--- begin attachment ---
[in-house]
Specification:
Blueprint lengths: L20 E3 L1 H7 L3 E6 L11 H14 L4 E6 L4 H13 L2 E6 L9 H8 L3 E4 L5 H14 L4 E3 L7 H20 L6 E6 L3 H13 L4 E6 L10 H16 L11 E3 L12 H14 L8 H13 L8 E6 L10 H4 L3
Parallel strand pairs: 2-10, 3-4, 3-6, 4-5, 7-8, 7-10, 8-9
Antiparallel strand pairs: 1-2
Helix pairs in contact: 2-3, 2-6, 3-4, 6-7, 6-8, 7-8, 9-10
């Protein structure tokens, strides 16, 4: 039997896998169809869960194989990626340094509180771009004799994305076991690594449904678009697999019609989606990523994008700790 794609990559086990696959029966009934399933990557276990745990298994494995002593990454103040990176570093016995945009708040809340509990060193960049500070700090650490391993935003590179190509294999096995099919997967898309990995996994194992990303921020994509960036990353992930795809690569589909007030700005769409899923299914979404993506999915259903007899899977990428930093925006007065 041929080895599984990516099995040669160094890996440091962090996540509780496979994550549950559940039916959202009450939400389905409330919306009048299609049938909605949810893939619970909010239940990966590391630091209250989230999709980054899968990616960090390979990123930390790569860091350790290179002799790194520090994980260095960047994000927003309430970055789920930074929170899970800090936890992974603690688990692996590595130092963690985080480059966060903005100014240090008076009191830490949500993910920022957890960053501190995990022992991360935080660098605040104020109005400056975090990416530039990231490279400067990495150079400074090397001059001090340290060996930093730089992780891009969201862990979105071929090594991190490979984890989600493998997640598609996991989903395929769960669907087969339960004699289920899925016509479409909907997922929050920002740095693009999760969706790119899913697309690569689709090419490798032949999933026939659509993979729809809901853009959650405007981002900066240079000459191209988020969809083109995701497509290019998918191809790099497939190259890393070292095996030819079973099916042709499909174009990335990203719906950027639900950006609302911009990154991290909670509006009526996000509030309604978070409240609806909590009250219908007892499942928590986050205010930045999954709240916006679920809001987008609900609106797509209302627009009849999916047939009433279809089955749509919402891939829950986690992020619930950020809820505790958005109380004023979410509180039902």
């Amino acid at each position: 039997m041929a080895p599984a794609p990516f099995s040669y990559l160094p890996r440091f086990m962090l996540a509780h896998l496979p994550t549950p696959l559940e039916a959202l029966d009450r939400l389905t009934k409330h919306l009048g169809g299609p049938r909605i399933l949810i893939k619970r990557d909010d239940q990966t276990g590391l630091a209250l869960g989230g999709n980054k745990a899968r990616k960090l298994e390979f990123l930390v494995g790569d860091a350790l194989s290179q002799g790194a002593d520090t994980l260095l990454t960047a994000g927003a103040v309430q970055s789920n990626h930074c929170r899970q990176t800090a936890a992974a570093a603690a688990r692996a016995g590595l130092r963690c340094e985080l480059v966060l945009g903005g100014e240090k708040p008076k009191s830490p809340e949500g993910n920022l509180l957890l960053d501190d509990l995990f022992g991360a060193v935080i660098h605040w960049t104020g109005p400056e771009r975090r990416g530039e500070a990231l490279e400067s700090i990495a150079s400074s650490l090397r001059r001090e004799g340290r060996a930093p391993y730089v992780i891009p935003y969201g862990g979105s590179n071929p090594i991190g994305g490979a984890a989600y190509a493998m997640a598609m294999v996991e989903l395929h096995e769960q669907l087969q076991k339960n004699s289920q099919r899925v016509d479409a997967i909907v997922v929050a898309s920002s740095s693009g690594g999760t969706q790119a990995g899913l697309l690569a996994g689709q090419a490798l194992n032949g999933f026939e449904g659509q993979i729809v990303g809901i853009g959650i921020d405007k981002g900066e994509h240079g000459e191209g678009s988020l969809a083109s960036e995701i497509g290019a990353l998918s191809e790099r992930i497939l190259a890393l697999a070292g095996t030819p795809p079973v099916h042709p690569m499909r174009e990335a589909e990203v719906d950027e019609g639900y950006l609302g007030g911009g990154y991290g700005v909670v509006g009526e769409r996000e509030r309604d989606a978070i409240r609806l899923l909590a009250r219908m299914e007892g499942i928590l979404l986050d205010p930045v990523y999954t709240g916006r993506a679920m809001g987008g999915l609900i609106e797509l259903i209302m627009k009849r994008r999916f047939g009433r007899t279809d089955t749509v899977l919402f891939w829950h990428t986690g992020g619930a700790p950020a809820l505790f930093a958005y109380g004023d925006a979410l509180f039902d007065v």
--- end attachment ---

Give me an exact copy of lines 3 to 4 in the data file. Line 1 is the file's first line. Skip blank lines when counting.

Blueprint lengths: L20 E3 L1 H7 L3 E6 L11 H14 L4 E6 L4 H13 L2 E6 L9 H8 L3 E4 L5 H14 L4 E3 L7 H20 L6 E6 L3 H13 L4 E6 L10 H16 L11 E3 L12 H14 L8 H13 L8 E6 L10 H4 L3
Parallel strand pairs: 2-10, 3-4, 3-6, 4-5, 7-8, 7-10, 8-9